Shed some layers and soak up the sun when you venture to the White Mountains in shoulder season—like the skiers above, who found their sweet spot (Maple Villa Glade) in mid-April with help from outfitter Ski the Whites.Photo Credit : Cait Bourgault
Ah spring, New England’s most fickle season. It teases us with warm sunbeams and then dumps frozen precipitation on our dreams of wearing shorts. But staying homebound until May is not an option. As the landscape awakens, you should too—not only to preempt summer’s crowds and to save a few dollars with shoulder-season hotel rates, but also to stretch your mind and body and to rediscover a sense of wonder.
A multisport spring getaway in New Hampshire’s White Mountains isn’t just for extreme athletes, so pack your ski jacket and a golf polo and go. In the Mount Washington Valley, entrepreneurial locals stand ready to help visitors experience action-packed days on both backcountry slopes and thawing fairways. You don’t have to be a Tuckerman Ravine daredevil to ski after chairlifts stop spinning: Ski the Whites’ Andrew Drummond equips competent skiers with the gear, knowledge, and inspiration to venture off-piste, where pristine terrain remains skiable as late as mid-June. Meanwhile, several golf courses scramble to open early, including Indian Mound Golf Club, which sends plows out to clear greens even as snow lingers in the bunkers. At the on-course tavern, the homemade corned beef is a well-earned reward for refusing to couch-potato your way through shoulder season. 603-356-5701; mtwashingtonvalley.org
To the uninitiated, crushing the Hendrickson hatch sounds like something you might do on a snowboard. But as April arrives, it’s not the shredding of powder but the hatching of mayflies that has outdoors lovers in a fervor. Home to the American Museum of Fly Fishing and an Orvis fly fishing school, Manchester is the ultimate place to experience the thrill of fooling trout with feathery flies crafted to mimic these aquatic insects. Whether you dabble in a free Fly Fishing 101 course at Orvis, invest in a one- or two-day school, or learn the nuances of the sport with a private guide, spring is the ideal time to take up this new hobby and bond with others who long to stand meditatively in the stream of life. 802-362-3750; orvis.com
When the alarm sounds before 7:30 a.m., it may be your strong inclination to stay tucked into your comfy, fully equipped cabin, one of five built in 2017 for farm-stay vacationers, at Fat Sheep Farm. But if you layer up and head out to help with chores, as guests are invited to do daily, you may be treated to more than fresh eggs and soul-stirring mountain views. Spring is lambing season, and each sunrise brings the possibility of witnessing a tiny fluffball taking its first wobbly steps, bleating sweetly, and bonding with mama. And by late June, rich, sweet sheep’s milk will feed the farm’s newest offering: cheese-making classes. 802-436-4696; fatsheepfarmvermont.com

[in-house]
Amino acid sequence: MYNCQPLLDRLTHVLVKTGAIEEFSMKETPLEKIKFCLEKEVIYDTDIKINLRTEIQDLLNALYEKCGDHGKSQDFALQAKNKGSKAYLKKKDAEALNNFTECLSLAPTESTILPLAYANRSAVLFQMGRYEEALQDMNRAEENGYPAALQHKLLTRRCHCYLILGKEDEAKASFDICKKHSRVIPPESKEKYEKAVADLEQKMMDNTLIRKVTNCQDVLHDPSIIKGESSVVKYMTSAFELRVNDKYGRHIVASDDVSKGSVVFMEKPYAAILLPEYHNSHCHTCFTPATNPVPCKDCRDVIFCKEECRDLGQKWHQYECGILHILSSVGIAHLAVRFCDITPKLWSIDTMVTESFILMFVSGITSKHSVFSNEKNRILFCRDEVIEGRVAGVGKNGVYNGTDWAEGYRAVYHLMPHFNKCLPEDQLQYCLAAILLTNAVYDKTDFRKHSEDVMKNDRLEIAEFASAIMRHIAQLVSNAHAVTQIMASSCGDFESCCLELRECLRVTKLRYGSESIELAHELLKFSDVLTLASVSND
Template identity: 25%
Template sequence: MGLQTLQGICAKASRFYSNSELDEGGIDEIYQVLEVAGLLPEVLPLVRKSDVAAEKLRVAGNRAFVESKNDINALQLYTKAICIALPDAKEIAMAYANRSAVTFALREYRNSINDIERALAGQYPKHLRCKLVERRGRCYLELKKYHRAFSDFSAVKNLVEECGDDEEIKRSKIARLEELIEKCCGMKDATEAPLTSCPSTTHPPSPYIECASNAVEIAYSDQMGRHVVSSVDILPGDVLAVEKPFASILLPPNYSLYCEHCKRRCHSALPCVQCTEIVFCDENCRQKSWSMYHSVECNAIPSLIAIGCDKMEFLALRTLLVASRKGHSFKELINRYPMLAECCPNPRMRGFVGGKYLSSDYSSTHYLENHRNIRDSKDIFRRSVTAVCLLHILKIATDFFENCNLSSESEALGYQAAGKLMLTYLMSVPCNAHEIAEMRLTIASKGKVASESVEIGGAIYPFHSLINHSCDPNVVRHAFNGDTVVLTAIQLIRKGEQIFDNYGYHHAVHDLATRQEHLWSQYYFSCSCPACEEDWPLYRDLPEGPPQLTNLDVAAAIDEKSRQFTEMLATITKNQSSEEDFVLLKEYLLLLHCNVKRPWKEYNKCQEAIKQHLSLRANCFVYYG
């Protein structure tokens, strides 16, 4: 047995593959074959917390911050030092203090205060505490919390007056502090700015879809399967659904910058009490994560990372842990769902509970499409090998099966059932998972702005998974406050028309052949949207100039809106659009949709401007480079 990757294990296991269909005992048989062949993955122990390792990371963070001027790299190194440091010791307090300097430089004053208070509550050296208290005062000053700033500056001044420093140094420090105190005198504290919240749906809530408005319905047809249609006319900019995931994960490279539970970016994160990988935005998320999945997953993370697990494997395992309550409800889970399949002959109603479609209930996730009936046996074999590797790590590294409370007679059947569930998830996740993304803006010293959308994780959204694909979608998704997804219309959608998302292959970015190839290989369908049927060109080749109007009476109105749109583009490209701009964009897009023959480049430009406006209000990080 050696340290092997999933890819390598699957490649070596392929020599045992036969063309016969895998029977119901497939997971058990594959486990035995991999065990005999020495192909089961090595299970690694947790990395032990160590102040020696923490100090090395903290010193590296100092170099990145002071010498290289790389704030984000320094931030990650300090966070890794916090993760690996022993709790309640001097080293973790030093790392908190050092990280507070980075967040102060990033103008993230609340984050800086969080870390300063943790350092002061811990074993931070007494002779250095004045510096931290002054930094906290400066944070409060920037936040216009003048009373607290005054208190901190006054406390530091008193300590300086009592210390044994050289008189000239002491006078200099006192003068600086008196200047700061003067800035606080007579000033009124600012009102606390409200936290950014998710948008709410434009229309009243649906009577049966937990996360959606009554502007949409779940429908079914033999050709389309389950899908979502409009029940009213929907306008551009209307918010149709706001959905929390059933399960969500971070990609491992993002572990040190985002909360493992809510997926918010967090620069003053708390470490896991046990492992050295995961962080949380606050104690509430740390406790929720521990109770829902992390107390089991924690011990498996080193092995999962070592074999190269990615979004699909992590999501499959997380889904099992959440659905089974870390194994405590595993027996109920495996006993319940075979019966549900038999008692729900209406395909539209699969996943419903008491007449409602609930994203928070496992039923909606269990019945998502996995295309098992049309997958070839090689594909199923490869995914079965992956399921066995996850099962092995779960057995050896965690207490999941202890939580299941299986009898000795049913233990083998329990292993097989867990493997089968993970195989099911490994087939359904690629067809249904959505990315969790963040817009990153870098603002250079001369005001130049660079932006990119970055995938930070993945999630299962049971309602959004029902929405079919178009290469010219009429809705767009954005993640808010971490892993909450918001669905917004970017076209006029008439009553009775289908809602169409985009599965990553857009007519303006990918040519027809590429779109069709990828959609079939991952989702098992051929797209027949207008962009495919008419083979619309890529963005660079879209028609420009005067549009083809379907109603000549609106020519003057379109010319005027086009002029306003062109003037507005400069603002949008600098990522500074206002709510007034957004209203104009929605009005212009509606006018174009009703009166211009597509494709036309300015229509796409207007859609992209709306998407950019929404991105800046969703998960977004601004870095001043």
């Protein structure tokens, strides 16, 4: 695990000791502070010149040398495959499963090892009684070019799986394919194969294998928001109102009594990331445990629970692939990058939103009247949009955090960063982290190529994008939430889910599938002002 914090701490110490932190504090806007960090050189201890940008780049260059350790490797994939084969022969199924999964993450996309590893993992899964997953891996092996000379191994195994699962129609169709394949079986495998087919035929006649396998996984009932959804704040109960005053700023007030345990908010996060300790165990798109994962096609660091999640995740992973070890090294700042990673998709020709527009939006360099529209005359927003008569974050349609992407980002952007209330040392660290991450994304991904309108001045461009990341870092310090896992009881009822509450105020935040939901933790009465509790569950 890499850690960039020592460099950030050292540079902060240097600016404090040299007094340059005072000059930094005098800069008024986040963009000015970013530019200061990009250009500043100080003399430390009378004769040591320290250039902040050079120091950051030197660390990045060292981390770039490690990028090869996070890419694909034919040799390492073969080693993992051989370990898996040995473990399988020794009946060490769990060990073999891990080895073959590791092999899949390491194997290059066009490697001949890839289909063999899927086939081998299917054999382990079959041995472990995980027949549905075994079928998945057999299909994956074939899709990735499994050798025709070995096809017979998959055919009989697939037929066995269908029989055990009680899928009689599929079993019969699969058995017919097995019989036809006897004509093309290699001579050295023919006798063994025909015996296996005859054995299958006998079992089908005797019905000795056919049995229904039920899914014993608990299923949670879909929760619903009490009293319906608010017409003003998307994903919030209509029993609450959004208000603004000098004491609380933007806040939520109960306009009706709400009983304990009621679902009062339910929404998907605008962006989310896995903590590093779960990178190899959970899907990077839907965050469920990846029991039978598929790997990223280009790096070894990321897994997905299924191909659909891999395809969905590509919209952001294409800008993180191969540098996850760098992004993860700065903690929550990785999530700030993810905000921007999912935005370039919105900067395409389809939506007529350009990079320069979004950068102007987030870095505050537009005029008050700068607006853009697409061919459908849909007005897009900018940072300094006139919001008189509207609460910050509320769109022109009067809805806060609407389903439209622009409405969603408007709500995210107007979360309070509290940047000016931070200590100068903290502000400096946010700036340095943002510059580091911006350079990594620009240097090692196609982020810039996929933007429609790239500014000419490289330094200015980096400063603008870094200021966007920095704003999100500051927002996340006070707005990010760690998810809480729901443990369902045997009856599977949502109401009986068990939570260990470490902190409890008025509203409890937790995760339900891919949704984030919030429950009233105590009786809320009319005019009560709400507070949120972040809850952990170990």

While northern New England farms are still socked in with snow, the coastal Connecticut landscape is showing signs of life. Actually, the growing never stops at Stone Acres Farm, where high-tunnel greenhouses sustain crops year-round. Be one of the spring early birds to visit, and you can come away with fresh-laid eggs and hearty starter plants to populate your own garden. Jane Meiser, whose family has cultivated these 63 acres for 10 generations, and her restaurateur husband, Dan, have tantalizing plans for the property and its Yellow Farmhouse Education Center, where the lineup of culinary classes picks up later in the spring. Your purchases help ensure Stone Acres’ future at the heart of a dynamic food community that has already captured elite chefs’ attention. 860-245-4414; stoneacresfarm.com
Although the trees are bare when the Cambridge Science Festival’s street banners go up a few weeks before opening night, by the end of this annual festival’s April 17–26 run, leaf buds and blossoms will have appeared. Even more exciting: Approximately 250 events—some family-friendly, others designed for adults—will have made the STEAM fields unexpectedly entertaining. The MIT Museum is at the heart of this rite of spring, which began in 2007 as the first of its kind in the United States. Attendees can build their own itinerary of behind-the-scenes lab tours, ecology outings, astronomy observations, and more. Don’t miss April 18’s Science Carnival & Robot Zoo, where 150 interactive booths offer hands-on activities such as making nitrogen ice cream and feeding microorganisms with an eyedropper. 617-253-5927; cambridgesciencefestival.org